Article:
Zynthian Engine Preset Structure
The relationship between a zynthian it's engines and how settings are stored has grown over the years and like much of the project ever growing.
Suffice to say You need an engine to make things happen. Which is where most of us would start . .
The zynth starts up with nothing loaded, althou' it should quickly build up your last state as you start to do things. . .
But it's really all engines as this stage and you want to load one up to use it.
The Synth Layer is the first to consider this will allow selection of a range of synthesizer like devices that get automatically connected to a MIDI channel (more on this later, hopefully) and the default audio available outputs, which will outside of a few crazed individual connections will be the left and right output of the zynthian, available as two audio sockets for further abuse in other kit.
There are several available.
Now some of these are sound sampler base (Fluidsynth, Linuxsampler, SFizz . . . ), others are genuine synthesizers (ZynaddSubFx, Dexed, Helm,) still others are specific models of existing instruments (Pianoteq, Aeleous,) and others are strange weird, wonderful and possibly untested, collected from the more fetid areas of the Internet, So be aware.
The Zynthian simply serves up engines from elsewhere. It isn't responsible for those engines, offering only a standardized approach to handling them.
But mindful of this warning, things start to look very good, because an awful lot of people have got together over this and within the Linux based world in which the Zynthian lives, constructed some standards to define these sorts of things.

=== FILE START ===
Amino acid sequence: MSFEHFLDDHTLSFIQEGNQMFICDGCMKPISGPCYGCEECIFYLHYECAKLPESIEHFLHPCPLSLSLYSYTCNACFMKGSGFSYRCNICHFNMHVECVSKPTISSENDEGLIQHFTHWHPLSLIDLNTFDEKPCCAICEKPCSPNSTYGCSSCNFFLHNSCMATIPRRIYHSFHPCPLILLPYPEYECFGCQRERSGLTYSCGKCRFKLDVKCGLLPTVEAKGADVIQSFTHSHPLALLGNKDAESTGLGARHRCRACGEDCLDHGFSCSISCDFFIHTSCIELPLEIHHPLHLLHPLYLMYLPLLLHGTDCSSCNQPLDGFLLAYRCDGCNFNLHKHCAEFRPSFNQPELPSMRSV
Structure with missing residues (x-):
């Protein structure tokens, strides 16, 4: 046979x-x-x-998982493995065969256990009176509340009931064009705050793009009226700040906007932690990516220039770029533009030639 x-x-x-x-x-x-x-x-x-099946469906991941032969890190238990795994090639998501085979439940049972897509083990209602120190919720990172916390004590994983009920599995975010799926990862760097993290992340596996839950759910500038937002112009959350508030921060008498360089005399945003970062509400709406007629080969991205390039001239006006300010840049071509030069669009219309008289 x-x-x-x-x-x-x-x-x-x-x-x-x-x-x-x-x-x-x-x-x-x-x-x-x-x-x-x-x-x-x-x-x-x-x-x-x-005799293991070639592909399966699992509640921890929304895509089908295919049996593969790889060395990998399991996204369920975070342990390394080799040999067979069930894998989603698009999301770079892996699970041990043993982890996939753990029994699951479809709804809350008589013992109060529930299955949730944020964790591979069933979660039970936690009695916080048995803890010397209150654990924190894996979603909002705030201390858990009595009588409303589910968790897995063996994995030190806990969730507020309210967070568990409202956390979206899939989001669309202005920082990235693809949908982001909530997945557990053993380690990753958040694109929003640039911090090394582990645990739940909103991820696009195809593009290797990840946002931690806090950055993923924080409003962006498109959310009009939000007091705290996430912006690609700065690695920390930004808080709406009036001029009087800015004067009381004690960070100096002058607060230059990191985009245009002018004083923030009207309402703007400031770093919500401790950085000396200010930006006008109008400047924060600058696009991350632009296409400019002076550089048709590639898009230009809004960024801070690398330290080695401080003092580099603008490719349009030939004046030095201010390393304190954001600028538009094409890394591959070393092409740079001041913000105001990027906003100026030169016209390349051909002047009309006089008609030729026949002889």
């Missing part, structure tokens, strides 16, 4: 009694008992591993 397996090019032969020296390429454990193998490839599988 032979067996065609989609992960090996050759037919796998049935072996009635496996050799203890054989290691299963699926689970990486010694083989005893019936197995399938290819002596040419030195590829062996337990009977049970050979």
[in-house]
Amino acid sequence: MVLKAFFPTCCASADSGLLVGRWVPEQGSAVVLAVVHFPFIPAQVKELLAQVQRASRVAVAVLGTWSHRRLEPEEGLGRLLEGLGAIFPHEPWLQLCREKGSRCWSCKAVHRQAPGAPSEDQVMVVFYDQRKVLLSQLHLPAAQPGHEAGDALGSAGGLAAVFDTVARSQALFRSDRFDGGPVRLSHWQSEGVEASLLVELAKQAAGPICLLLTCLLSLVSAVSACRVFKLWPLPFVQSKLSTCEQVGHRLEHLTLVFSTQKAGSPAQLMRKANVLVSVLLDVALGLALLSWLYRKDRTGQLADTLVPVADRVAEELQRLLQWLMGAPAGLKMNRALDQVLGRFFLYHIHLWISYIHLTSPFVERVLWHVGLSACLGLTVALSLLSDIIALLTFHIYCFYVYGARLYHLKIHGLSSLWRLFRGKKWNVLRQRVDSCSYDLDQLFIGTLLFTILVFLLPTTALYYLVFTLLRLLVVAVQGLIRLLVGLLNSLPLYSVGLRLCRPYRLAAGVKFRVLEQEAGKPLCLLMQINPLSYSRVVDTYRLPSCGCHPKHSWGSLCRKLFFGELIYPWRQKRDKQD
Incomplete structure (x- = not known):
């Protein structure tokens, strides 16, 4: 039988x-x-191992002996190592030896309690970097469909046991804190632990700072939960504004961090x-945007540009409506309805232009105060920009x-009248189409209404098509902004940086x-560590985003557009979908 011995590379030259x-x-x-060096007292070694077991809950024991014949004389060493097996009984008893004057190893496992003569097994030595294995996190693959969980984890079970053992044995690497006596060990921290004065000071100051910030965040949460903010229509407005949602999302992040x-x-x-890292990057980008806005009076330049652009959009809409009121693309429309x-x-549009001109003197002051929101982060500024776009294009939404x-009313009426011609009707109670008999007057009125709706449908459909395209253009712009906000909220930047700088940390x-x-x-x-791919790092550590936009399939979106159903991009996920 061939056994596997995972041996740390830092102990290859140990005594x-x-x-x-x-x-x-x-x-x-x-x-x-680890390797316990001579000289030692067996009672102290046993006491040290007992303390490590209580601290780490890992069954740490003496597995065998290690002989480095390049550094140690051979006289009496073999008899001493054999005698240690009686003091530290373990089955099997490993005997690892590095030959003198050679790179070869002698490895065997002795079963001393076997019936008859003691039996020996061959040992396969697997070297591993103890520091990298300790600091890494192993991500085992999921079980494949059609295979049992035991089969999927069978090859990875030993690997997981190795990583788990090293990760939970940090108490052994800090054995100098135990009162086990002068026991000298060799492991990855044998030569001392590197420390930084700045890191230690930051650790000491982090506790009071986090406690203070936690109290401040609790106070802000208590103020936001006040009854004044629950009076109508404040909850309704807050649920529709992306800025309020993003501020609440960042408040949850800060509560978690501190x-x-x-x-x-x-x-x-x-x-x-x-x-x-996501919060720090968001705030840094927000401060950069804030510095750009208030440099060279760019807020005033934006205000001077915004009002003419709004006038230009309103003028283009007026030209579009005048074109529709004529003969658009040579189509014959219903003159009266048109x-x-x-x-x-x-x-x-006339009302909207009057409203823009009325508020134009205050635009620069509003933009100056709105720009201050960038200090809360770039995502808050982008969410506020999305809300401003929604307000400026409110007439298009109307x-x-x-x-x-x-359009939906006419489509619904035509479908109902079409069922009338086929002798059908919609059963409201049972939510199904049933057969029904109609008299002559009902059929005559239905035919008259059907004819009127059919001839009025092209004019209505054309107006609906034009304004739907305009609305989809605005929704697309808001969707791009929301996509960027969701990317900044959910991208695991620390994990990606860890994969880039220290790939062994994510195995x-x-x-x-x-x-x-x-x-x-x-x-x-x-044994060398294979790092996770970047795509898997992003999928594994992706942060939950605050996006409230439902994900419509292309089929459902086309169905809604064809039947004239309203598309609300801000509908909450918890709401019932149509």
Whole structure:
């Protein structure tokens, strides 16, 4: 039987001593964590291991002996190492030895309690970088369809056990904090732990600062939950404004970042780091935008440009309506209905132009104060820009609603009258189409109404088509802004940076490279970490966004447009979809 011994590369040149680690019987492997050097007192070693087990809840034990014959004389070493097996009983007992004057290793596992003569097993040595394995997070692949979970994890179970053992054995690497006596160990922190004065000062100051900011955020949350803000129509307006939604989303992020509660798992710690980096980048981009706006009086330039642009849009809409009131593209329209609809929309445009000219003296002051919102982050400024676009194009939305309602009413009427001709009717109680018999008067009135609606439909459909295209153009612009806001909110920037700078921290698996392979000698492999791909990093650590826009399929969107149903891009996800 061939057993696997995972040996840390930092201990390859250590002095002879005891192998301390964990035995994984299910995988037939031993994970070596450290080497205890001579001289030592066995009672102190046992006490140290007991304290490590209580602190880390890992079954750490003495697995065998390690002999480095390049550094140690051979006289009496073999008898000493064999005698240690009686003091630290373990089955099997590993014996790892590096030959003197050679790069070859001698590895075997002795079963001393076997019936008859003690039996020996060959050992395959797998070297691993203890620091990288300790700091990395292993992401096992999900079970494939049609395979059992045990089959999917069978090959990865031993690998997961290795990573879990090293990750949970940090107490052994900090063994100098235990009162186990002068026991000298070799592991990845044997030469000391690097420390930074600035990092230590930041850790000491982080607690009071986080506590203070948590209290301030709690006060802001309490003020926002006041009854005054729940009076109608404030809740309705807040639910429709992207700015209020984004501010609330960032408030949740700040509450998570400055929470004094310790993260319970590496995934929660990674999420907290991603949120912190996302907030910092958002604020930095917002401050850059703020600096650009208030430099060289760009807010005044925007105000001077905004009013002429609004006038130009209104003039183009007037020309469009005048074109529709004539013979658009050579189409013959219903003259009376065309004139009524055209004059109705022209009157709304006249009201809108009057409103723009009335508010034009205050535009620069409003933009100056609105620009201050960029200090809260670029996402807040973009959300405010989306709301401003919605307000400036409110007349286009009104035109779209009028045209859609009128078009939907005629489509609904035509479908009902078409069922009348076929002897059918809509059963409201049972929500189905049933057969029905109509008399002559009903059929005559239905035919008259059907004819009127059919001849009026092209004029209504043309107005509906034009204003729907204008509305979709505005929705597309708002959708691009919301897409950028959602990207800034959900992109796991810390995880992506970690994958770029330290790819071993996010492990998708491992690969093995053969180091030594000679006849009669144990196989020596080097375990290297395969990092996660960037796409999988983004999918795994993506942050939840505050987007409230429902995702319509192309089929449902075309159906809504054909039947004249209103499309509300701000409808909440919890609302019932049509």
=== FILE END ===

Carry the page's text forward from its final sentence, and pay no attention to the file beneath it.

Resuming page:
This is an agreement to produce a set of software rules about how audio devices interact within the linux audio world, and allows description of such objects via a Grammar framework on the Internet (https://www.w3.org/RDF/).
This is very helpful because one can describe pretty complex ideas like A 'filter control', or a 'MIDI note' or a 'sound file' and allow these ideas to be understood by machines as well as people. This is all laid out in TTL files (Turtle; computer humour... :-( ) , https://www.w3.org/TR/turtle/)
Luckily the zynthian is here to present all this to you in a nice easy to operate device . . .
Now ( sometime in 2021) not all engines are implemented as LV2 or even if they exist outside of the zynthian's LV2 world, but these are probably exceptions rather than the rule so the code is still a bit of a hybrid in this area. . . :-D
The Traditional elements are still populated manually, Pianoteq is a bit of an exception but the LV2 based components already can be treated programmatically.
They all get an Character ID in the engine_info dictionary with JV/ jammed on the front if they have emerged from the LV2 world scan...
So we have an ordered dictionary of short Codes with a tuple of meta data:-
"ZY", ("ZynAddSubFX", "ZynAddSubFX - Synthesizer", "MIDI Synth", None, zynthian_engine_zynaddsubfx, True)],